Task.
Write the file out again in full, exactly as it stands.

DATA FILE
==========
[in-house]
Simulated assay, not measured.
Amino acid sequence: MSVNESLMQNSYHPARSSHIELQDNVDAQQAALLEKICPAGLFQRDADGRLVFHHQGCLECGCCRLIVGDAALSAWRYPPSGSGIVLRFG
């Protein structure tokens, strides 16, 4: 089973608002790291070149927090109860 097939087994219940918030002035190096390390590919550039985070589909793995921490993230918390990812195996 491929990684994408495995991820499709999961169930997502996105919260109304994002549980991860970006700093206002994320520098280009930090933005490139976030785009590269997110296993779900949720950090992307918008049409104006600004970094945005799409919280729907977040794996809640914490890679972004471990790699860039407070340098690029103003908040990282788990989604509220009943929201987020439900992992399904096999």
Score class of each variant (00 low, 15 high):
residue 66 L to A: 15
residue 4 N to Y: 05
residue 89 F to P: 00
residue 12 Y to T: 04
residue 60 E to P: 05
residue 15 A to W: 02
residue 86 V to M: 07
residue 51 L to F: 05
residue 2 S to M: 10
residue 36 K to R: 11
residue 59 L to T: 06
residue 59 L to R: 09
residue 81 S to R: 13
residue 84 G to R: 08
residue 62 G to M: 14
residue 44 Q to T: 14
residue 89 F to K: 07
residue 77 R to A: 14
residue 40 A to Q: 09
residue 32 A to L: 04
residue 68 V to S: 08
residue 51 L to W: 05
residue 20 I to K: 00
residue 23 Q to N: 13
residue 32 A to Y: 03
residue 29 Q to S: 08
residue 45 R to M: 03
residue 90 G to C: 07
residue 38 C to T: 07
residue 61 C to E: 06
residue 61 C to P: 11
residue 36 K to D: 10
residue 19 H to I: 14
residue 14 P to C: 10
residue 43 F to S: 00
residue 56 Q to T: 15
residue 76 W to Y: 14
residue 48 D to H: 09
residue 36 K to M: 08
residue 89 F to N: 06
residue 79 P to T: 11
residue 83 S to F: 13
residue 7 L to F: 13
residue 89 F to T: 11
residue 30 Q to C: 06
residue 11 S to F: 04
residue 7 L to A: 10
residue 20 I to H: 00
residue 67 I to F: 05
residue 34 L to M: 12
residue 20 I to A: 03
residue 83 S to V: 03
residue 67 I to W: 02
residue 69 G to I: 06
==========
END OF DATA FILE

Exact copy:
[in-house]
Simulated assay, not measured.
Amino acid sequence: MSVNESLMQNSYHPARSSHIELQDNVDAQQAALLEKICPAGLFQRDADGRLVFHHQGCLECGCCRLIVGDAALSAWRYPPSGSGIVLRFG
């Protein structure tokens, strides 16, 4: 089973608002790291070149927090109860 097939087994219940918030002035190096390390590919550039985070589909793995921490993230918390990812195996 491929990684994408495995991820499709999961169930997502996105919260109304994002549980991860970006700093206002994320520098280009930090933005490139976030785009590269997110296993779900949720950090992307918008049409104006600004970094945005799409919280729907977040794996809640914490890679972004471990790699860039407070340098690029103003908040990282788990989604509220009943929201987020439900992992399904096999």
Score class of each variant (00 low, 15 high):
residue 66 L to A: 15
residue 4 N to Y: 05
residue 89 F to P: 00
residue 12 Y to T: 04
residue 60 E to P: 05
residue 15 A to W: 02
residue 86 V to M: 07
residue 51 L to F: 05
residue 2 S to M: 10
residue 36 K to R: 11
residue 59 L to T: 06
residue 59 L to R: 09
residue 81 S to R: 13
residue 84 G to R: 08
residue 62 G to M: 14
residue 44 Q to T: 14
residue 89 F to K: 07
residue 77 R to A: 14
residue 40 A to Q: 09
residue 32 A to L: 04
residue 68 V to S: 08
residue 51 L to W: 05
residue 20 I to K: 00
residue 23 Q to N: 13
residue 32 A to Y: 03
residue 29 Q to S: 08
residue 45 R to M: 03
residue 90 G to C: 07
residue 38 C to T: 07
residue 61 C to E: 06
residue 61 C to P: 11
residue 36 K to D: 10
residue 19 H to I: 14
residue 14 P to C: 10
residue 43 F to S: 00
residue 56 Q to T: 15
residue 76 W to Y: 14
residue 48 D to H: 09
residue 36 K to M: 08
residue 89 F to N: 06
residue 79 P to T: 11
residue 83 S to F: 13
residue 7 L to F: 13
residue 89 F to T: 11
residue 30 Q to C: 06
residue 11 S to F: 04
residue 7 L to A: 10
residue 20 I to H: 00
residue 67 I to F: 05
residue 34 L to M: 12
residue 20 I to A: 03
residue 83 S to V: 03
residue 67 I to W: 02
residue 69 G to I: 06